Companies That Could Profit From Baby Boomers

JPMorgan has created an “Aging Population Index” of stocks expected to profit from the boomers.

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Forget the jokes about Viagra and adult diapers. And for the moment, put aside your skepticism about investing in the stock market at all. Just consider that there might be a way to profit from aging baby boomers.

More than three million Baby Boomers are turning 65 in 2011. The number of Americans reaching the ranks of the retired will increase for at least the next decade. By the time the proverbial pig has moved through the python, some 78 million Baby Boomers will have cashed billions of Social Security checks, swallowed trillions of Advil, and survived myriad hip replacements and heart transplants. Along the way they will be managing their finances through asset managers and mutual funds. And before it’s over, they will have bought long-term care insurance, done time in a senior citizen facility, and dropped an average of $8,000 per funeral.

[See 50 Best Funds for the Everyday Investor.]

JPMorgan has taken the trend seriously enough to create an “Aging Population Index” of stocks expected to profit from Baby Boomers. The list includes companies such as Humana (symbol: HUM) and Coventry Health Care (CVH), which provide health-care plans. It also includes Carnival (CCL) and Royal Caribbean Cruises (RCL), and Scotts Miracle Grow (SMG), because aging Baby Boomers are perceived to be interested in gardening.

These stocks may or may not be good investments. Unless you read their balance sheets and income statements, and know something of their future plans, how would you know?

The smart way to play the Baby Boomers is to identify a trend, then let an experienced expert pick the specific companies that will likely benefit from the trend. Here are three ideas:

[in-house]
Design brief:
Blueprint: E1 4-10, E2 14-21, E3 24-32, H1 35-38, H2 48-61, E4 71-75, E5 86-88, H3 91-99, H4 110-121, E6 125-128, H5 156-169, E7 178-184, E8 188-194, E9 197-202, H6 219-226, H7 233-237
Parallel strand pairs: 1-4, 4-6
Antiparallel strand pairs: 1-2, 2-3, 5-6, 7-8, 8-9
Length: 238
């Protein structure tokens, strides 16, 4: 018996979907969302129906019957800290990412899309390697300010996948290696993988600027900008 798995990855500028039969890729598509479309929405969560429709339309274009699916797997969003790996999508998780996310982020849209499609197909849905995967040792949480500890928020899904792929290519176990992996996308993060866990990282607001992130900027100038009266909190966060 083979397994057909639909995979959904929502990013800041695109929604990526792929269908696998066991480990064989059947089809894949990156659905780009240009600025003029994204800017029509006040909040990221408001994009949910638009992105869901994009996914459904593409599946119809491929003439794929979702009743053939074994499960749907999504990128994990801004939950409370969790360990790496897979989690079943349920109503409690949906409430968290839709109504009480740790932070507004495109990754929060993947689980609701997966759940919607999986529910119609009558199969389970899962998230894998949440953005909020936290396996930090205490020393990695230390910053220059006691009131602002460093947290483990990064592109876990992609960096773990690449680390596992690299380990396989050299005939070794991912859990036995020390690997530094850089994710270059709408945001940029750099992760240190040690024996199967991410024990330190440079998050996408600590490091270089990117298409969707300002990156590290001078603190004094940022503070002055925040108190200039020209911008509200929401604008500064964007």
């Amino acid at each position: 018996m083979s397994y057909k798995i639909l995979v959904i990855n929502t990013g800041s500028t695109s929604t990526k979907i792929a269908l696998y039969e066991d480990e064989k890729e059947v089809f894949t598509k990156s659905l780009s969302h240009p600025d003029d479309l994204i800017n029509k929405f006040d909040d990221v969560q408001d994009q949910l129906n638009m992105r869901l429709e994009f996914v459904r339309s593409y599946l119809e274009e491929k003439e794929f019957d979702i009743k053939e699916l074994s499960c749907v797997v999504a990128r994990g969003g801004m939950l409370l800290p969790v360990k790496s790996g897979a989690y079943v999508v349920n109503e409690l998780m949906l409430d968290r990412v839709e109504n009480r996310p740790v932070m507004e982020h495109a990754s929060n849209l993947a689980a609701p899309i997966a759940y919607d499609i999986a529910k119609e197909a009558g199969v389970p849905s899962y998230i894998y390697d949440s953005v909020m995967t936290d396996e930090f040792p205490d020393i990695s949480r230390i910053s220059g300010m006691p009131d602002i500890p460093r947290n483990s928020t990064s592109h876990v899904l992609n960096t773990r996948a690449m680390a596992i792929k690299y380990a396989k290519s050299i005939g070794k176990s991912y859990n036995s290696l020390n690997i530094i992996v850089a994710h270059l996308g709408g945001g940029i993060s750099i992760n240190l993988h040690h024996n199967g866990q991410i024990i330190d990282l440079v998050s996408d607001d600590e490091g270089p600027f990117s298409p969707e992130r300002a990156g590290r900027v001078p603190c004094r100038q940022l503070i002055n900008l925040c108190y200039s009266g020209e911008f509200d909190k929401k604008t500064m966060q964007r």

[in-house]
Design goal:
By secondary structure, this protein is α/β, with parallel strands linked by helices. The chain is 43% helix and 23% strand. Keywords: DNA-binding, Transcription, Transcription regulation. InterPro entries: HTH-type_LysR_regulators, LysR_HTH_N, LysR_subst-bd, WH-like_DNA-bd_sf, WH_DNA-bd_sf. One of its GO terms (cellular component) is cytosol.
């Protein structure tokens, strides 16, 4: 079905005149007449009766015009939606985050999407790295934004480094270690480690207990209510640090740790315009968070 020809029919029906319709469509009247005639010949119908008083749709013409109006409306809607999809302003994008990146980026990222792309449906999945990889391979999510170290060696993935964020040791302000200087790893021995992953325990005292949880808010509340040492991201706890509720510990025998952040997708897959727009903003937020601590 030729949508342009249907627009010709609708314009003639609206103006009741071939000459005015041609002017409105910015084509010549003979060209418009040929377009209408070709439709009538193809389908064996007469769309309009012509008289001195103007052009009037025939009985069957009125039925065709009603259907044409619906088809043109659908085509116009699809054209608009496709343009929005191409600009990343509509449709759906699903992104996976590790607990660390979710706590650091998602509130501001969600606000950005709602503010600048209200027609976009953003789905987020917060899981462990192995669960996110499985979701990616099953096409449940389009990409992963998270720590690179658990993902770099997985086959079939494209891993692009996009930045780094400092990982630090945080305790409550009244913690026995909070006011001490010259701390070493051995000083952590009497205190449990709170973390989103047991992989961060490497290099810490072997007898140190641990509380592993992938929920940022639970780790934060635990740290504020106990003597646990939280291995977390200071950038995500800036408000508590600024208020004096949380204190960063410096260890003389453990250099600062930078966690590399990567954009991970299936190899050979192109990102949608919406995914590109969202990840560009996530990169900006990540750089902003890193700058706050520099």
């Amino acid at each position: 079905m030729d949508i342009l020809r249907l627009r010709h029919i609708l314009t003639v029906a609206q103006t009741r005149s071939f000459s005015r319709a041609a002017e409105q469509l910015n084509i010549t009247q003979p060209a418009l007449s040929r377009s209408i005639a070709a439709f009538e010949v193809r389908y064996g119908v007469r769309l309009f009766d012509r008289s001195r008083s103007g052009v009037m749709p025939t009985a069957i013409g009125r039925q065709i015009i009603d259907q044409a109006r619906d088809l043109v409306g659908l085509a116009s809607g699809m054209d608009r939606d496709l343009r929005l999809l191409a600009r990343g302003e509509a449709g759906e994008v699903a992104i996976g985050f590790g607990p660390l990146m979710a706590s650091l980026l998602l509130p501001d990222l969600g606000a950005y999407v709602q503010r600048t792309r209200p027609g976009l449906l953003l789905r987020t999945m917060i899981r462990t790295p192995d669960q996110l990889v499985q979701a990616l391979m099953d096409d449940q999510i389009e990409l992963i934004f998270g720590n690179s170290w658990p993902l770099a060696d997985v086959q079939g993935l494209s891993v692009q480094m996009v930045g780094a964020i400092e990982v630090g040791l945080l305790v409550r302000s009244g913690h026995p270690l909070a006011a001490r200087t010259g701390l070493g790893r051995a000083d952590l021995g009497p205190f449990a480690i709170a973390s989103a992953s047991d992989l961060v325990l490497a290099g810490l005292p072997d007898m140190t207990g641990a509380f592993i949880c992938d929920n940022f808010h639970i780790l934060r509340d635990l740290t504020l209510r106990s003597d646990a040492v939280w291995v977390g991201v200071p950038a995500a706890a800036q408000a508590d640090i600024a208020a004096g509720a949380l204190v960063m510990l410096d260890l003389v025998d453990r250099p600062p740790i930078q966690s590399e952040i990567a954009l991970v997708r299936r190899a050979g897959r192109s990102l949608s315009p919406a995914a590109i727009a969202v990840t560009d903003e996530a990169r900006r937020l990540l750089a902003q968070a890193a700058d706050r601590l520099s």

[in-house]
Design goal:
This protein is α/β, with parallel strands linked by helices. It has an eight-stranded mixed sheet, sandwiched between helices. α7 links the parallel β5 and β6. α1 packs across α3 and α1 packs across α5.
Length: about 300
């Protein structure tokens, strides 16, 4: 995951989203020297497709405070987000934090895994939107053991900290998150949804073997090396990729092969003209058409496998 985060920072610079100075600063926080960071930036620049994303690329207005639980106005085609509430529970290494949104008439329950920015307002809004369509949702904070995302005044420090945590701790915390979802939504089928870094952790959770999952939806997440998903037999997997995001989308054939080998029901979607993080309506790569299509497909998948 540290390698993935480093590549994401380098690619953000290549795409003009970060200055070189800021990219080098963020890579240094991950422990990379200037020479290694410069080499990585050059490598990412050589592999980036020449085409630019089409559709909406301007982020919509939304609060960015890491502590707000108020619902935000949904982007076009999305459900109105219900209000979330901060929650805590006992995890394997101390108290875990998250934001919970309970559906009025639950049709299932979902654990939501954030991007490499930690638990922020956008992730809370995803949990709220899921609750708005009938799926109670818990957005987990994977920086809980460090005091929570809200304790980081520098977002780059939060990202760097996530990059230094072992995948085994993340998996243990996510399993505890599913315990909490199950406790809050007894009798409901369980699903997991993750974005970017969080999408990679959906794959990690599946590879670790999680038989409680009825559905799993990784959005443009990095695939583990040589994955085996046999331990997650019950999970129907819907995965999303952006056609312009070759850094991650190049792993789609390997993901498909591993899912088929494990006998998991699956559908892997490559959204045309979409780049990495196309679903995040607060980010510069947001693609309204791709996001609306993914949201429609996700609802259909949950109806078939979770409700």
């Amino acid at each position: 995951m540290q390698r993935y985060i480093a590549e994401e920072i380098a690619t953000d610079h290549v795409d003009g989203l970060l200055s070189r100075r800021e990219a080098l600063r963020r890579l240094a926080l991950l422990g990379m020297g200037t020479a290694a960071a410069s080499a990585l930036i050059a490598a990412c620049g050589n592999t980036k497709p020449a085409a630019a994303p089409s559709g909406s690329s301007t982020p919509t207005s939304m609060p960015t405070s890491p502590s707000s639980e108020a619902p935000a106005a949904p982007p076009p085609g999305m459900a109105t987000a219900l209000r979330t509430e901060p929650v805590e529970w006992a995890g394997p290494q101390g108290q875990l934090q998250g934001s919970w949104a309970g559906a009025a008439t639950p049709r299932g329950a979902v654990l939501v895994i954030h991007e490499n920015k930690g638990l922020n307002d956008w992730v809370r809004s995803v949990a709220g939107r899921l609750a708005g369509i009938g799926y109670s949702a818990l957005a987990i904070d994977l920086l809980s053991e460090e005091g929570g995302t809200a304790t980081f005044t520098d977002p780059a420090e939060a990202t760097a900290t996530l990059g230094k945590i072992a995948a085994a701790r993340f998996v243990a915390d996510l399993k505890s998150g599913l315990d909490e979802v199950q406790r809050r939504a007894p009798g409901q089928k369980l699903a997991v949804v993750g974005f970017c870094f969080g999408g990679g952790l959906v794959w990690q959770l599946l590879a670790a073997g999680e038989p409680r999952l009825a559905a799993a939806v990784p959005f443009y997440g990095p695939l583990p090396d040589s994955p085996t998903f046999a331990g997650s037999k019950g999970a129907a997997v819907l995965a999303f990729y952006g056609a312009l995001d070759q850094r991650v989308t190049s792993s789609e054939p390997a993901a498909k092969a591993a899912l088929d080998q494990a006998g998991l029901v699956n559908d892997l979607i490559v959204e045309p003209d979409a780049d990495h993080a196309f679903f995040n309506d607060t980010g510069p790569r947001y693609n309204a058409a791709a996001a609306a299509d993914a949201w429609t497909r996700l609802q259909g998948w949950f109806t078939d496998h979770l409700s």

[See top-rated funds by category, ranked by U.S. News Mutual Fund Score.]

1. Health care. It doesn’t take a genius to figure out that older people use more medical products than younger people do. The average 70-year-old gulps about three times more prescription drugs than the typical 40-year-old. Vanguard has a mutual fund called Vanguard Health Care fund (VGHCX) that will provide honest, intelligent and low-cost exposure to the industry. It rates four stars in the Morningstar rating system. Its biggest holding is Merck. Other four-star funds include the Schwab Health Care fund (SWHFX), with Johnson & Johnson as its largest investment, and the Live Oak Health Sciences fund (LOGSX), with the biotechnology company Biogen as its top holding. There are also a number of health care ETFs, including Vanguard Health Care (VHT).

2. Insurance and finance. Retirees are increasingly responsible for their own savings, income, and financial future. Money managers are developing more and more products to meet this need–from annuities to reverse mortgages to asset management. But again, are you in a position to figure out whether Aflac or American Express is a better investment? Vanguard has an ETF called Vanguard Financials (VFH), that invests in over 400 financial stocks. Schwab has a three-star financial mutual fund (SWFFX), and FBR Large Cap Financial (FBRFX) rates as a four-star fund.

[See 8 Funds to Watch in 2011.]

3. Consumer staples. Now we’re looking at adult diapers and Oil of Olay, and all the other personal care products targeted to older people. Vanguard offers an ETF called Vanguard Consumer Staples (VDC). Fidelity has a four-star consumer staples fund, Fidelity Select Consumers Staples Portfolio (FDFAX). The Rydex Consumer Products Fund (RYCIX) is also rated four stars. These funds invest in companies like Procter & Gamble, which cooks up the fiber supplement Metamucil, and Kimberly Clark, which deals out Depends.

Of course, there’s no guarantee that investing in any of these funds will produce better results than putting your retirement savings in a simple low-cost index fund–or even hiding your money under your mattress. But ... can 78 million Baby Boomers go that far wrong?

Tom Sightings is a former publishing executive who was eased into early retirement in his mid-50s. He lives in the New York area and blogs at Sightings at 60, where he covers health, finance, retirement, and other concerns of baby boomers who realize that somehow they have grown up.